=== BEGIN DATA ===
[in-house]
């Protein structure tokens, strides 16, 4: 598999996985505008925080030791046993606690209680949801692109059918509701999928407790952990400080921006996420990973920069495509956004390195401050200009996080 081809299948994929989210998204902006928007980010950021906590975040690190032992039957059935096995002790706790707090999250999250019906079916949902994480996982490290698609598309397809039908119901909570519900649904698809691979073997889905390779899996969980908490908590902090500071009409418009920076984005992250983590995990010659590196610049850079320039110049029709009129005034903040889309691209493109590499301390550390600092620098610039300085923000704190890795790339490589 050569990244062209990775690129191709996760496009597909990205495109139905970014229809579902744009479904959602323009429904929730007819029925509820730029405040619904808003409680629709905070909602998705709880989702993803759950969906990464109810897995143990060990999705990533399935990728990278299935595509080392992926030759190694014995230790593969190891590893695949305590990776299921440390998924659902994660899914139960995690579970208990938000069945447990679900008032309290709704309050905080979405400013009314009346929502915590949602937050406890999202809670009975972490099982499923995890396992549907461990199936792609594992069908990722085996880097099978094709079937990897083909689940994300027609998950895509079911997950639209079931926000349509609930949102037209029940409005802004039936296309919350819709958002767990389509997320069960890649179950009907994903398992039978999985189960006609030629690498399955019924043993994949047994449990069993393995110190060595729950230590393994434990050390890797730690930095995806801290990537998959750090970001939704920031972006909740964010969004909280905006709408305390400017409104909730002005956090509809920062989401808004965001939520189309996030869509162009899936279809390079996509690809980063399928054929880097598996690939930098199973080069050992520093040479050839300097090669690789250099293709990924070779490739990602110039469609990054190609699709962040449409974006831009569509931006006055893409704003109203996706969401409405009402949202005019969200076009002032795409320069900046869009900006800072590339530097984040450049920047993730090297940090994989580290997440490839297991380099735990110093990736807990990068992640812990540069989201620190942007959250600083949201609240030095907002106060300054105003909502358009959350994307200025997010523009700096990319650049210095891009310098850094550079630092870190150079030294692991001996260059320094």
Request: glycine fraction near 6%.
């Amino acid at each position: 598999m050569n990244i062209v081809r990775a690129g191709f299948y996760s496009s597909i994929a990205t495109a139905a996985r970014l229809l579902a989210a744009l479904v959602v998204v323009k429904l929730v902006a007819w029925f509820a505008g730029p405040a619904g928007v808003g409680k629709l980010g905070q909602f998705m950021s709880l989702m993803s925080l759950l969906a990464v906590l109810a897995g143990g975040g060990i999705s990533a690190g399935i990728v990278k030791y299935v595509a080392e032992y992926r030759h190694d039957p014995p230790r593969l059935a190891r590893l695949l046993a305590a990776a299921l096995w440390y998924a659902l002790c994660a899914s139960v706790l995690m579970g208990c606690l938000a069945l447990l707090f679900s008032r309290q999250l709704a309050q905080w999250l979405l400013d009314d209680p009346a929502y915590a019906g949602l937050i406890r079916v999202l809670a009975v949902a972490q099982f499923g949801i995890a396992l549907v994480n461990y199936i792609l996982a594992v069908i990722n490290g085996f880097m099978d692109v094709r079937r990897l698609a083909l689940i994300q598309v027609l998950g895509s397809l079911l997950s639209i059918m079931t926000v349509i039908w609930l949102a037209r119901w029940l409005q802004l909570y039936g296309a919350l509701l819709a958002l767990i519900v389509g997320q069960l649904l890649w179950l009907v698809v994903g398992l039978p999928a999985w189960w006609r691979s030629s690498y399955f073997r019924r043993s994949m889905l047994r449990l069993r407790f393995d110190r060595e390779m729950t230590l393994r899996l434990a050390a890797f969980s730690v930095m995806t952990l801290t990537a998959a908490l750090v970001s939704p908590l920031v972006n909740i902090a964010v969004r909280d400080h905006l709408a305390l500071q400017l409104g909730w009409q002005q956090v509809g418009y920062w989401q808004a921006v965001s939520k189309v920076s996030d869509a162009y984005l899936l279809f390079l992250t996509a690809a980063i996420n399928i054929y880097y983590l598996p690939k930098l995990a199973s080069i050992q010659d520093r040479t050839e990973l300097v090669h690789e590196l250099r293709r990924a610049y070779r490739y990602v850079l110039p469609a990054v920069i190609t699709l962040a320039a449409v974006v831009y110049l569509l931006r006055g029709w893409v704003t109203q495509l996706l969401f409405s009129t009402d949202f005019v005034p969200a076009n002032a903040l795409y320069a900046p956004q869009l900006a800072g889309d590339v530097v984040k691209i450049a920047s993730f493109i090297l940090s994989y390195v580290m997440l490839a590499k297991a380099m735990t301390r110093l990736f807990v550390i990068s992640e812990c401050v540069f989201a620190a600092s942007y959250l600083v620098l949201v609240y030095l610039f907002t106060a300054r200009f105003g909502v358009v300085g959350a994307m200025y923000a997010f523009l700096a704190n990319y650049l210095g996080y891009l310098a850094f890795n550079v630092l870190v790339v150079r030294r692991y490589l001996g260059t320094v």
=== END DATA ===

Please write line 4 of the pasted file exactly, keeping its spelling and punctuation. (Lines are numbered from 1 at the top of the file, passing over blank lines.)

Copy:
């Amino acid at each position: 598999m050569n990244i062209v081809r990775a690129g191709f299948y996760s496009s597909i994929a990205t495109a139905a996985r970014l229809l579902a989210a744009l479904v959602v998204v323009k429904l929730v902006a007819w029925f509820a505008g730029p405040a619904g928007v808003g409680k629709l980010g905070q909602f998705m950021s709880l989702m993803s925080l759950l969906a990464v906590l109810a897995g143990g975040g060990i999705s990533a690190g399935i990728v990278k030791y299935v595509a080392e032992y992926r030759h190694d039957p014995p230790r593969l059935a190891r590893l695949l046993a305590a990776a299921l096995w440390y998924a659902l002790c994660a899914s139960v706790l995690m579970g208990c606690l938000a069945l447990l707090f679900s008032r309290q999250l709704a309050q905080w999250l979405l400013d009314d209680p009346a929502y915590a019906g949602l937050i406890r079916v999202l809670a009975v949902a972490q099982f499923g949801i995890a396992l549907v994480n461990y199936i792609l996982a594992v069908i990722n490290g085996f880097m099978d692109v094709r079937r990897l698609a083909l689940i994300q598309v027609l998950g895509s397809l079911l997950s639209i059918m079931t926000v349509i039908w609930l949102a037209r119901w029940l409005q802004l909570y039936g296309a919350l509701l819709a958002l767990i519900v389509g997320q069960l649904l890649w179950l009907v698809v994903g398992l039978p999928a999985w189960w006609r691979s030629s690498y399955f073997r019924r043993s994949m889905l047994r449990l069993r407790f393995d110190r060595e390779m729950t230590l393994r899996l434990a050390a890797f969980s730690v930095m995806t952990l801290t990537a998959a908490l750090v970001s939704p908590l920031v972006n909740i902090a964010v969004r909280d400080h905006l709408a305390l500071q400017l409104g909730w009409q002005q956090v509809g418009y920062w989401q808004a921006v965001s939520k189309v920076s996030d869509a162009y984005l899936l279809f390079l992250t996509a690809a980063i996420n399928i054929y880097y983590l598996p690939k930098l995990a199973s080069i050992q010659d520093r040479t050839e990973l300097v090669h690789e590196l250099r293709r990924a610049y070779r490739y990602v850079l110039p469609a990054v920069i190609t699709l962040a320039a449409v974006v831009y110049l569509l931006r006055g029709w893409v704003t109203q495509l996706l969401f409405s009129t009402d949202f005019v005034p969200a076009n002032a903040l795409y320069a900046p956004q869009l900006a800072g889309d590339v530097v984040k691209i450049a920047s993730f493109i090297l940090s994989y390195v580290m997440l490839a590499k297991a380099m735990t301390r110093l990736f807990v550390i990068s992640e812990c401050v540069f989201a620190a600092s942007y959250l600083v620098l949201v609240y030095l610039f907002t106060a300054r200009f105003g909502v358009v300085g959350a994307m200025y923000a997010f523009l700096a704190n990319y650049l210095g996080y891009l310098a850094f890795n550079v630092l870190v790339v150079r030294r692991y490589l001996g260059t320094v």